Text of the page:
Although I read with excitement about the implementation of family-friendly practices to ease the tenure-track burden for female academics at large research universities, I was disappointed to see that the scientists quoted in the article perceive that they must make a choice between industry and an academia narrowly defined as a large research university (C&EN, March 3, page 55). In fact, many options exist within academia.
According to the Carnegie classification literature for colleges and universities, there are 266 primarily undergraduate institutions (PUIs) in the U.S., compared with 262 universities. In light of this information, it’s a shame more mention is not made about PUIs and liberal arts colleges in general, especially in C&EN’s Employment Outlook section.
I state from experience that the path to tenure at a liberal arts college, although challenging, is quite different from that at a large research university, and it’s an option that can provide women with a better balance between work and family. When I started teaching at Dickinson College 20 years ago, I was the first and only woman in a department with six full-time faculty members. Currently, we have five women in our now seven-person department! Although this may be a higher ratio than at most (if not all) liberal arts colleges, I am certain that women are becoming well represented at colleges across the country. It would be interesting for C&EN to compare the situation at the top 50 universities (C&EN, Dec. 24, 2007, page 44) to that at the top 50 liberal arts colleges. I would bet that women make up far more than 15% of the chemistry faculty at the latter institutions.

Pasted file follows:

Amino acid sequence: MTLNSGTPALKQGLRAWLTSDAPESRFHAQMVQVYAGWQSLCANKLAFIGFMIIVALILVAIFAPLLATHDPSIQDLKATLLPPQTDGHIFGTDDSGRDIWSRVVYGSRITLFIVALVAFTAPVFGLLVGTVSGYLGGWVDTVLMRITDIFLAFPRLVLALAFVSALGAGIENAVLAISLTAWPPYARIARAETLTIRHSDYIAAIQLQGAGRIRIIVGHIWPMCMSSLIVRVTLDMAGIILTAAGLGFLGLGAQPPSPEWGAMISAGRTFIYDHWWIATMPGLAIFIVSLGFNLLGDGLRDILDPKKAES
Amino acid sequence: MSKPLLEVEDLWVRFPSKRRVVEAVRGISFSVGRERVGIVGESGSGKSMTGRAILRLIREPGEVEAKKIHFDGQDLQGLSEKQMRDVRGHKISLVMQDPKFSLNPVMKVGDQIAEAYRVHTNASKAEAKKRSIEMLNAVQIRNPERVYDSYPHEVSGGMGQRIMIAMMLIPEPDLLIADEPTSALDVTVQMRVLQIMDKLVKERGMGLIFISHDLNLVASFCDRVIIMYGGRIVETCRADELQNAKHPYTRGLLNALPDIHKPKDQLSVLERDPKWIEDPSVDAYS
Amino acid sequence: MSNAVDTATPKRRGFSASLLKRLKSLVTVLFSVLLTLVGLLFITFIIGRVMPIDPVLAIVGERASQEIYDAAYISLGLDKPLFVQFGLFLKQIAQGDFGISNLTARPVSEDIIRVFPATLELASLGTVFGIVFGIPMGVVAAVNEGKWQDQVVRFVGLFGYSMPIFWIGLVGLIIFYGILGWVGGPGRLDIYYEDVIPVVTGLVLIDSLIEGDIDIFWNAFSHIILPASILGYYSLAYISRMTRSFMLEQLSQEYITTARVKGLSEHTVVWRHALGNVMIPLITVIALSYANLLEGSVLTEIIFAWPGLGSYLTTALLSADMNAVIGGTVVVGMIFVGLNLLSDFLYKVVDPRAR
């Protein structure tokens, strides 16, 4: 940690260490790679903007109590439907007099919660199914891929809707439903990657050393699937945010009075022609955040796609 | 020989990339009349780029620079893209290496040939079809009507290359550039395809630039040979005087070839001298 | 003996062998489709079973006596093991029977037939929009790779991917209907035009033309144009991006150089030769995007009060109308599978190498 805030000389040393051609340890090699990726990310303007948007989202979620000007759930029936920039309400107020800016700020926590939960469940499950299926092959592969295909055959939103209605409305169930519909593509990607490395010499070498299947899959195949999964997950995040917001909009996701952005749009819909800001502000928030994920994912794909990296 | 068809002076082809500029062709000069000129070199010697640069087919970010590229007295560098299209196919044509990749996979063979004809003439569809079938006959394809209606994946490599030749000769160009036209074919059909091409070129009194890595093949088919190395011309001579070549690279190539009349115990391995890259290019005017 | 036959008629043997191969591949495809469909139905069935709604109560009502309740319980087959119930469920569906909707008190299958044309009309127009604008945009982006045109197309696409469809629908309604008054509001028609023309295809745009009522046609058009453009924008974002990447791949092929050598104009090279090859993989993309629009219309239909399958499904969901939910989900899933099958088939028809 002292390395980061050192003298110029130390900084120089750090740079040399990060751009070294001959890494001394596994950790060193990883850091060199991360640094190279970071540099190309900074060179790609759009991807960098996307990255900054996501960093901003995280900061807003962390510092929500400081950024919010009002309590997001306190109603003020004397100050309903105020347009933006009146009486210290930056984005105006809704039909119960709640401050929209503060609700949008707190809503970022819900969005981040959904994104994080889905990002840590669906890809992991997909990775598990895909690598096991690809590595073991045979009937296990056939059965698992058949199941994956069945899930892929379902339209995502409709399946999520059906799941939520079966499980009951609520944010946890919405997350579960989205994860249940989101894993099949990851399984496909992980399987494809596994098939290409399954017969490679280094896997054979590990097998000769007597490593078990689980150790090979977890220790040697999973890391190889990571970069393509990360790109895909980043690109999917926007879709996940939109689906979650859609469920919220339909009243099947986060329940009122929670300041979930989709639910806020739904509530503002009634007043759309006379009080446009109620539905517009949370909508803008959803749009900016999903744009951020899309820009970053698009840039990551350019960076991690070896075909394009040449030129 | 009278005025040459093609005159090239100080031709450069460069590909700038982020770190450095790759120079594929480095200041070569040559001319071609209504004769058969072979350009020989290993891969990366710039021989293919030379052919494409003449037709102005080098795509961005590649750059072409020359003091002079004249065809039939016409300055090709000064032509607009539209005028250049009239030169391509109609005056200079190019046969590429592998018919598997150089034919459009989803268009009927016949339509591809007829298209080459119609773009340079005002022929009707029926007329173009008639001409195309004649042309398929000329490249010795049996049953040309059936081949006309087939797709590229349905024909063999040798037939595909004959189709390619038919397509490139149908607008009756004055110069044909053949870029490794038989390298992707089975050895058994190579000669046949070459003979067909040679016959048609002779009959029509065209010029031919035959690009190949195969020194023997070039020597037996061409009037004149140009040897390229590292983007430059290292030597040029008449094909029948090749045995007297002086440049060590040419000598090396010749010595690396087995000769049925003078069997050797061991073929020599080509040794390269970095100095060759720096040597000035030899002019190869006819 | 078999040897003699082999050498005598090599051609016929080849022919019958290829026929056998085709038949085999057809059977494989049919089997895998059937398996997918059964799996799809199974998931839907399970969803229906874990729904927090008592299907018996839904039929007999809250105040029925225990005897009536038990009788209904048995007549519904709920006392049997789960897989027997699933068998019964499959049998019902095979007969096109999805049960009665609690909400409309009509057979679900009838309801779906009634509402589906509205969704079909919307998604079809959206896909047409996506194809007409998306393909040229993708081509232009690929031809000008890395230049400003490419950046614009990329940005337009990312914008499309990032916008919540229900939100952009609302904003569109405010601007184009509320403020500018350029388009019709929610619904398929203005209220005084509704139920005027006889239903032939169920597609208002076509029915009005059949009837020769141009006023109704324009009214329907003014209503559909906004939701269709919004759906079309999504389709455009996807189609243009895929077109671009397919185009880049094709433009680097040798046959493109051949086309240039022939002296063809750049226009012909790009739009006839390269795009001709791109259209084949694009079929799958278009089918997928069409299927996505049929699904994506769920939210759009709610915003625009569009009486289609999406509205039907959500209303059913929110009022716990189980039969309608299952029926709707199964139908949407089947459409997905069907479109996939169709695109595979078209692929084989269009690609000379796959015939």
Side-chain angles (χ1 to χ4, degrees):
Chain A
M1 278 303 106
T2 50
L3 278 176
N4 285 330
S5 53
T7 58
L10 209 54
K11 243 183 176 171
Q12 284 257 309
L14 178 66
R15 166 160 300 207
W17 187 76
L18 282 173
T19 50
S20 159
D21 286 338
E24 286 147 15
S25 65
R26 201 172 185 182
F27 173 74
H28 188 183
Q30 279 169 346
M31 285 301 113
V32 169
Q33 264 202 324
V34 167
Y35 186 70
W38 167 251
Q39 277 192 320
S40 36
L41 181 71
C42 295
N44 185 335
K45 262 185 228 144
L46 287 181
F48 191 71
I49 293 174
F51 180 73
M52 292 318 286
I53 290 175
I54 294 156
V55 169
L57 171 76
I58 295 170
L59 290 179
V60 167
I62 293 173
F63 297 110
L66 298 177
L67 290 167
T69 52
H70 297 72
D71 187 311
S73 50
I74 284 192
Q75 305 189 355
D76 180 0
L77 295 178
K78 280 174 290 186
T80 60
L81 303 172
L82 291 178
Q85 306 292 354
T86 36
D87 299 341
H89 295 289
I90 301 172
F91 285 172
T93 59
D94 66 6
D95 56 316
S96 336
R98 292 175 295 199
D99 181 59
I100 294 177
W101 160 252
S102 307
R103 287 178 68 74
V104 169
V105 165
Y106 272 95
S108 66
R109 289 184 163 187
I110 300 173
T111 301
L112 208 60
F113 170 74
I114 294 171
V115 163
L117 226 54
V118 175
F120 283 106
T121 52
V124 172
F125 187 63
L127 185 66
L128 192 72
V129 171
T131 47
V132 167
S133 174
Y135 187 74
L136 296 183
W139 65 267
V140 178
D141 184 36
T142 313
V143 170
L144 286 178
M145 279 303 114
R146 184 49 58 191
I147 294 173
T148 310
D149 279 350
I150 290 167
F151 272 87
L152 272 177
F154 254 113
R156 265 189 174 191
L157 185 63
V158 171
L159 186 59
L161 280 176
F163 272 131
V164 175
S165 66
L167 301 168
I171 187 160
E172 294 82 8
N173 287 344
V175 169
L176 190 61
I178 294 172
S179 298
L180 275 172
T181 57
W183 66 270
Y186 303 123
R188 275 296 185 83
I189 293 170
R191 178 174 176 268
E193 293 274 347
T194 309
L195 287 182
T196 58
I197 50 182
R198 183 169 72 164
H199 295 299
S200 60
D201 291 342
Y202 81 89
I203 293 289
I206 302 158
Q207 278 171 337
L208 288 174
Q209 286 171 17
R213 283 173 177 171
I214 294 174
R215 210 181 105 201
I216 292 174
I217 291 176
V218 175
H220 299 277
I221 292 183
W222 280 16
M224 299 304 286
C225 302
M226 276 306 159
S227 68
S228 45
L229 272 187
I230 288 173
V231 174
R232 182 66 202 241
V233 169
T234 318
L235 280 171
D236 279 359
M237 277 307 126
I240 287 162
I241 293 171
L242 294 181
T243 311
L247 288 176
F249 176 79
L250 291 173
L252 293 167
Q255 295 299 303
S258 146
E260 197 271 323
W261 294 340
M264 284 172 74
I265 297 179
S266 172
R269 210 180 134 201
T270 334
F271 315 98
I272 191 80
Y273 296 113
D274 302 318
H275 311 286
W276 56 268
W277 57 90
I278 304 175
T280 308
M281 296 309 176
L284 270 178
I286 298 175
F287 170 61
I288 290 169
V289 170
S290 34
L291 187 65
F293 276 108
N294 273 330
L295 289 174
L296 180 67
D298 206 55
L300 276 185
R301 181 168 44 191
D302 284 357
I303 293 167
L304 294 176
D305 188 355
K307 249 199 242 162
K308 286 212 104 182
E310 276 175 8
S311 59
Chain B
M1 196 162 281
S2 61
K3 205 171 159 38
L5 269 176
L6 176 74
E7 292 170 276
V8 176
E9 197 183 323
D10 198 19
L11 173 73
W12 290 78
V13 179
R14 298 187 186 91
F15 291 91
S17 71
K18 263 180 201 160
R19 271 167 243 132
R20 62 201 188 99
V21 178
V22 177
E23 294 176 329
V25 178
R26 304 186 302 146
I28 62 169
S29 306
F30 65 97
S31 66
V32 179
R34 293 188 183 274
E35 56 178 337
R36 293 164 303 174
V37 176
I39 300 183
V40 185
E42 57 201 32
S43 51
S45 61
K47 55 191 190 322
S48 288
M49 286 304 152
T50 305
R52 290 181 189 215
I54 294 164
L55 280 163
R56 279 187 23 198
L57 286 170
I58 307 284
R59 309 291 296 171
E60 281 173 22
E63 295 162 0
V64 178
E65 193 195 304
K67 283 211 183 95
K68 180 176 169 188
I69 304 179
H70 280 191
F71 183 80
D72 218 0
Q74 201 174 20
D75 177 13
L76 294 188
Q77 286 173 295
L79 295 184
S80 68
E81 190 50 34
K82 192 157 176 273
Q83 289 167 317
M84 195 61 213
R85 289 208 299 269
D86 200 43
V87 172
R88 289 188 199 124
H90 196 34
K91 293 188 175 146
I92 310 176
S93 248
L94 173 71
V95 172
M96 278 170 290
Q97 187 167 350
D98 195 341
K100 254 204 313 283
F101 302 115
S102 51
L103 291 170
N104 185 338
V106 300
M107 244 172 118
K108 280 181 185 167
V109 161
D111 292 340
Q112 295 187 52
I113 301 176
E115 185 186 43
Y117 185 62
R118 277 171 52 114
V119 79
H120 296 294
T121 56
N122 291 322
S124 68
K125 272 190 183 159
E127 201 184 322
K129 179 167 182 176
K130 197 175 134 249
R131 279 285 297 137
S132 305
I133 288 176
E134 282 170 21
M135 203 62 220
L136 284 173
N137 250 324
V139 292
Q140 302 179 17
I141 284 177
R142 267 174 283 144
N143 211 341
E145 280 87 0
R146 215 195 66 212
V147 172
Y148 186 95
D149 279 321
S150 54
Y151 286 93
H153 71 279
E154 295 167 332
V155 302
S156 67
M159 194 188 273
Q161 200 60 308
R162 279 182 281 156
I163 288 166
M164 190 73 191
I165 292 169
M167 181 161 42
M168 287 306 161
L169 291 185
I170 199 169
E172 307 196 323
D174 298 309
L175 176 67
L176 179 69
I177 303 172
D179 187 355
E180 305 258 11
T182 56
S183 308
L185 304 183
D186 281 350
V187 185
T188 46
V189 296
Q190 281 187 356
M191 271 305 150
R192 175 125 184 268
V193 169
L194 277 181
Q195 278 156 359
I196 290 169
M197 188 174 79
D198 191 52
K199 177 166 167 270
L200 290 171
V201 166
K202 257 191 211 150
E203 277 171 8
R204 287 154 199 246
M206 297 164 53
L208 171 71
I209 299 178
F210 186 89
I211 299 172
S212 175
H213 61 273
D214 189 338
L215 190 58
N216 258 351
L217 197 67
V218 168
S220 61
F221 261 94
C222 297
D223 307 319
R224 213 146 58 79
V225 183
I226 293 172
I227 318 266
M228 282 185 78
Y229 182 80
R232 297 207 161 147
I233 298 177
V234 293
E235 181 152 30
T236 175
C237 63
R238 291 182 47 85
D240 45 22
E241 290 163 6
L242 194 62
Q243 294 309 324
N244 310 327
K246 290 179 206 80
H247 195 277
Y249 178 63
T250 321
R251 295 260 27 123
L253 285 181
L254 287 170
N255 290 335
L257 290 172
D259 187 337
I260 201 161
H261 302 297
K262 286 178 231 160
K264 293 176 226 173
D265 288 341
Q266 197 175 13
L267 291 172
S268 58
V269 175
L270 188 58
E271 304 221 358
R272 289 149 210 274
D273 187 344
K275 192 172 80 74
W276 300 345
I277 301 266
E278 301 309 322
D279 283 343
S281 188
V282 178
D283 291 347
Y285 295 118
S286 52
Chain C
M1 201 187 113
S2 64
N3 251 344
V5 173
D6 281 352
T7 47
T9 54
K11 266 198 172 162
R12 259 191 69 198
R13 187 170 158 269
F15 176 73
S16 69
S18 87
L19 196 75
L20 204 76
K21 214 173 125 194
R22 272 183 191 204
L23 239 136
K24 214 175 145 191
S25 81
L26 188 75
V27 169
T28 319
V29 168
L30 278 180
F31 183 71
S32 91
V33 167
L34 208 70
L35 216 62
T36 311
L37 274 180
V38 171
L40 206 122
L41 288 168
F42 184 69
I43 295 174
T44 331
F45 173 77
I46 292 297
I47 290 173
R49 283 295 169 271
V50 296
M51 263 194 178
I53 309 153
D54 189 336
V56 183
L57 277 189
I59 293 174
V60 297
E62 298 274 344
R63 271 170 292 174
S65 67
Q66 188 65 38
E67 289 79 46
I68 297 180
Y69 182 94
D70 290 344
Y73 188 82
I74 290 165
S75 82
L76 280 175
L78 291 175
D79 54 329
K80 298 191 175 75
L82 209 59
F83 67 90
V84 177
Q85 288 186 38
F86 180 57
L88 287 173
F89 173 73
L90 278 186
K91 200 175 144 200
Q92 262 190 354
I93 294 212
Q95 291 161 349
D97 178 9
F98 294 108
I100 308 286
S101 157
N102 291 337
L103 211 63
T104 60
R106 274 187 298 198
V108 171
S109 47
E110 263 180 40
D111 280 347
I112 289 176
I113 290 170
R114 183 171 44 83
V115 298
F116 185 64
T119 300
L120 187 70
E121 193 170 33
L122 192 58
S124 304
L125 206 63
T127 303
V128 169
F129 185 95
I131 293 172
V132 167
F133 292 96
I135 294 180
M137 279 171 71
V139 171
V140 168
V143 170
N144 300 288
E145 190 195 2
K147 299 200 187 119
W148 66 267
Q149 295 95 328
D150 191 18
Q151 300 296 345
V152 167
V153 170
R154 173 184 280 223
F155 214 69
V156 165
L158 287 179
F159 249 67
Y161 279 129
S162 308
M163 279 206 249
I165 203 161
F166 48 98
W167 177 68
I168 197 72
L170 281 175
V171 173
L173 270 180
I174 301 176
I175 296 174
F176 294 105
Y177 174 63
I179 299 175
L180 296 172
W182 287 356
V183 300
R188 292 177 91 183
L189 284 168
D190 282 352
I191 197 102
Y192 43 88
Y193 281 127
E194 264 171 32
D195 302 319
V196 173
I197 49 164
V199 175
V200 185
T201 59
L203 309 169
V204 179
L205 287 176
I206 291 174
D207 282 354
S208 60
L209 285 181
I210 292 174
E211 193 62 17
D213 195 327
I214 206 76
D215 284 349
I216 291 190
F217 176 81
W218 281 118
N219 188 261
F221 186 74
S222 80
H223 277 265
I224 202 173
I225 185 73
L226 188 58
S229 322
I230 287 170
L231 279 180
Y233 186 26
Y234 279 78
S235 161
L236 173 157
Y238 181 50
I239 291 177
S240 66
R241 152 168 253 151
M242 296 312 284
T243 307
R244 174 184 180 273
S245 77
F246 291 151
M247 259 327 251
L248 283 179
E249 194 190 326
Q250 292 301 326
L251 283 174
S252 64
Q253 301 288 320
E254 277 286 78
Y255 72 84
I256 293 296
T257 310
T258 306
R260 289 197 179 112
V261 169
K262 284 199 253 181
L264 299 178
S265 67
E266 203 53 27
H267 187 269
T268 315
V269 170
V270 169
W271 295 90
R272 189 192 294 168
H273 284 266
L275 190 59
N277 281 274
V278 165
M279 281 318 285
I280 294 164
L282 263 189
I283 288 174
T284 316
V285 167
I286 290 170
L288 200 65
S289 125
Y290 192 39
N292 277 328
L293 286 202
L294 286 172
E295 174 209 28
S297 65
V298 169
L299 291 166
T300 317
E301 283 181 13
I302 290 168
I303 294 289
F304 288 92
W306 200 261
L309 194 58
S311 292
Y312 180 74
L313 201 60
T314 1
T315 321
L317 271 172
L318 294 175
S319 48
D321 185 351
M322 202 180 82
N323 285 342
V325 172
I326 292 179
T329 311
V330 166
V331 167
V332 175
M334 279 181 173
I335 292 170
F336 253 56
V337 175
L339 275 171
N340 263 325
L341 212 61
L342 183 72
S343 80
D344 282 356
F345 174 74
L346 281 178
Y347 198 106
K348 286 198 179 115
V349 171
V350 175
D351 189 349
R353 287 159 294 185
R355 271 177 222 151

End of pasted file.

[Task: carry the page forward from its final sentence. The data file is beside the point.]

My question is whether this omission is a problem of reporting or just that the American Chemical Society chooses to focus more on universities than on PUIs. Ironically, also in the March 3 issue is a short article in the ACS News section that describes an ACS workshop designed to give doctoral students a better understanding of their career options after graduate school. There was no mention of liberal arts colleges at this workshop; in fact, the only academic perspective given focused on what one could expect during the first year as a university professor. Although this was an ACS-sponsored workshop and this omission is not the fault of C&EN, it does reflect a serious oversight. Perhaps other workshops involve discussions about PUIs, and if so, these should be reported in this magazine.
Finally, I am not saying that women should forget about working at large research universities as a career option—quite the contrary. It is essential that women be represented everywhere that chemistry is done. I am simply stating my observation that there seems to be a glaring omission in not discussing liberal arts colleges as another excellent career path for women scientists who hope to contribute to the world of science and at the same time have a satisfying personal life.